When facing criminal charges in South Carolina, you may or may not be familiar with the term "plea bargaining". A plea bargain or plea deal can be defined as an agreement between a defense attorney and prosecutor which allows the defendant to plead guilty to a lesser charge in exchange for dropping other charges or a more lenient sentence. For example, you could be charged with a felony and receive an offer to plead to a misdemeanor.
Before we discuss the pros and cons of plea bargains, it is important to understand the difference between felony and misdemeanor charges in South Carolina. Ultimately, in order to fully comprehend the gravity of a plea deal for your case, it is imperative to contact experienced criminal defense attorneys to guide you through the process and effectively evaluate your case.
Misdemeanors And Felonies in South Carolina
In South Carolina, felonies are usually more serious than misdemeanors and have hefty potential prison sentences, fines and other penalties. The most severe felonies have sentences of life imprisonment without the possibility of parole. It is a common misconception that misdemeanor are not significant charges and thus do not carry any potential prison time. However, in South Carolina, depending on the misdemeanor, you could be facing with up to three years in prison and a fine of $3,000 - $5,000. As such, it is simply not worth the risk to defend yourself without a knowledgeable criminal defense attorney.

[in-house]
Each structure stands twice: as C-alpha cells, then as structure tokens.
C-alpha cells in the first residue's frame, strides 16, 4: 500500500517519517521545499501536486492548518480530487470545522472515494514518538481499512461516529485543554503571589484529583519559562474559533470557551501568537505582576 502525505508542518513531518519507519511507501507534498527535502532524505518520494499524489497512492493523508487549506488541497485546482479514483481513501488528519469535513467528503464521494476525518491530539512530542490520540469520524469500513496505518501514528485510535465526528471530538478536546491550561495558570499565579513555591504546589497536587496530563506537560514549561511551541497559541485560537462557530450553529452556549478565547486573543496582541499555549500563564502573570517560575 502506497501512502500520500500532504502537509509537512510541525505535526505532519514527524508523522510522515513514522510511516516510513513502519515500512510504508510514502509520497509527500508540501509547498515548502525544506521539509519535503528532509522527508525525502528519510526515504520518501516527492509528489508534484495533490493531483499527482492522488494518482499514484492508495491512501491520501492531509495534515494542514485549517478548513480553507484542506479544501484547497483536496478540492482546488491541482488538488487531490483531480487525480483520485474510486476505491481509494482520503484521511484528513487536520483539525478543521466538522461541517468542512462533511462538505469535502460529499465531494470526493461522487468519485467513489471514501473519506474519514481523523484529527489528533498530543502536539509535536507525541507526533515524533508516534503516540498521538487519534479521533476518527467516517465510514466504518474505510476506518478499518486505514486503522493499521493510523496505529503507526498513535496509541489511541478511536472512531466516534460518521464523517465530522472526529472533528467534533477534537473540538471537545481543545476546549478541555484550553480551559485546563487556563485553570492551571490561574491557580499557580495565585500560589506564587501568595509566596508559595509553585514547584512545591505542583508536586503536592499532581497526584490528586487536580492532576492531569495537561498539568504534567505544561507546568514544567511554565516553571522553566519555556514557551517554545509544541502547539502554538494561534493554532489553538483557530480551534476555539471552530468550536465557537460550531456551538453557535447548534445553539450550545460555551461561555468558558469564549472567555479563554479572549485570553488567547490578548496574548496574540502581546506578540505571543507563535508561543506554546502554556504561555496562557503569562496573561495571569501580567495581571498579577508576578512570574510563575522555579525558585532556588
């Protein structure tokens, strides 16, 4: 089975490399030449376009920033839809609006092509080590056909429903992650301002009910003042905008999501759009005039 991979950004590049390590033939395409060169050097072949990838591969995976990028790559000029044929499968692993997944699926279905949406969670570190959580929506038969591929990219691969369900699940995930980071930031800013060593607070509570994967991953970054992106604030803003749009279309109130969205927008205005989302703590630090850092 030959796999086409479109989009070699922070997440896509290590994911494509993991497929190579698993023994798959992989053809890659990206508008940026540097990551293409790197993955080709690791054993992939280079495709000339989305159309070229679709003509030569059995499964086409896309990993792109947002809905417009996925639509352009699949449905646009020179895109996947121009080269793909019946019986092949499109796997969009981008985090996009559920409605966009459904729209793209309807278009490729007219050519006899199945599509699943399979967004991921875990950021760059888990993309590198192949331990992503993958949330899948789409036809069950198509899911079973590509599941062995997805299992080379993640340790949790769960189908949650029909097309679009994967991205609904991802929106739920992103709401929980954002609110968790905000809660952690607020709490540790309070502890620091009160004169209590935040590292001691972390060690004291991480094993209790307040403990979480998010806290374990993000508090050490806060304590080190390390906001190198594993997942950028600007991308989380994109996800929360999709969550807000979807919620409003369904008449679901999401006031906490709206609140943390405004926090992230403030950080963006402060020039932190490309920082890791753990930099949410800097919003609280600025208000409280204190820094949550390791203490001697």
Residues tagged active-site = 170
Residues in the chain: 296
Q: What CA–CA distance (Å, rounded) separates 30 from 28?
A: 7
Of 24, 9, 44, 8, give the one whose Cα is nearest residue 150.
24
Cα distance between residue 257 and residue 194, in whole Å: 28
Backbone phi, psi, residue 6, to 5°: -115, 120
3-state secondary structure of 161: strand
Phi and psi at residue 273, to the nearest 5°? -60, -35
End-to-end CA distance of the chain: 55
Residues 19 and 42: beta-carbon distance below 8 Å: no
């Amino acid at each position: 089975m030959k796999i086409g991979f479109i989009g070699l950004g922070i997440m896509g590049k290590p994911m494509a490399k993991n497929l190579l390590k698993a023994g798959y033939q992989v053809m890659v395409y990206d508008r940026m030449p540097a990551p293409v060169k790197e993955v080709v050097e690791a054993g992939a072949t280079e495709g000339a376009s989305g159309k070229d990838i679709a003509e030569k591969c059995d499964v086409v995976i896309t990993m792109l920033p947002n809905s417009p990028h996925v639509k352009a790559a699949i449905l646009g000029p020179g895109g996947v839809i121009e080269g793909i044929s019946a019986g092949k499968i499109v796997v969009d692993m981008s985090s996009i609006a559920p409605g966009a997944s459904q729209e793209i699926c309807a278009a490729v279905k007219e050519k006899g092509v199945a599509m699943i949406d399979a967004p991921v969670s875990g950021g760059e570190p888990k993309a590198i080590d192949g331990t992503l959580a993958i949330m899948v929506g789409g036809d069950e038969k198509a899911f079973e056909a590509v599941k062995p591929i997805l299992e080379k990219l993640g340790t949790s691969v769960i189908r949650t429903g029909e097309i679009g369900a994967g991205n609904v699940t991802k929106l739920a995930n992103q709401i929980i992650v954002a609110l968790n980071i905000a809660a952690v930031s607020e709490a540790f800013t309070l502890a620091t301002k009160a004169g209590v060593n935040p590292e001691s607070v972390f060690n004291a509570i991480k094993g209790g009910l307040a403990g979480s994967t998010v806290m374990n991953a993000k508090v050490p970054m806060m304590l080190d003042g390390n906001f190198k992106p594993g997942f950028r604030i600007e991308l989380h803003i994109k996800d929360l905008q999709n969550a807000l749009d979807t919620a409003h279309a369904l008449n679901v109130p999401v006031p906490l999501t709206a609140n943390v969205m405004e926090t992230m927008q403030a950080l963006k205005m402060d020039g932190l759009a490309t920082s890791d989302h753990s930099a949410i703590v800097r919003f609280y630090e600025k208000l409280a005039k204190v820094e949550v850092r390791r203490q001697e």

Whether you are facing a misdemeanor or felony is fact specific. For example, you could be involved in a bar fight and punch someone one time. If, as a result, that person dies, you could be charged with murder and could face life in prison. On the other hand, if that person gets a slight bruise, then you could be charged with the misdemeanor of assault and battery in the third degree. Most of the time, the facts are somewhere in between the examples above. That is why it is crucial to have an experienced criminal defense attorney to evaluate the facts of your case and know how to get you the right result.
Often, a plea offer is made by the prosecution in order to resolve your case without a trial. This gives both sides a guaranteed result. While a prosecutor may be eager to move your case, it is important to have a criminal defense attorney with the experience to be able to explain to you whether you should accept or reject a plea offer. At Young & Young, Attorneys at Law, we have the background to review the details of your case and help you achieve the best possible outcome.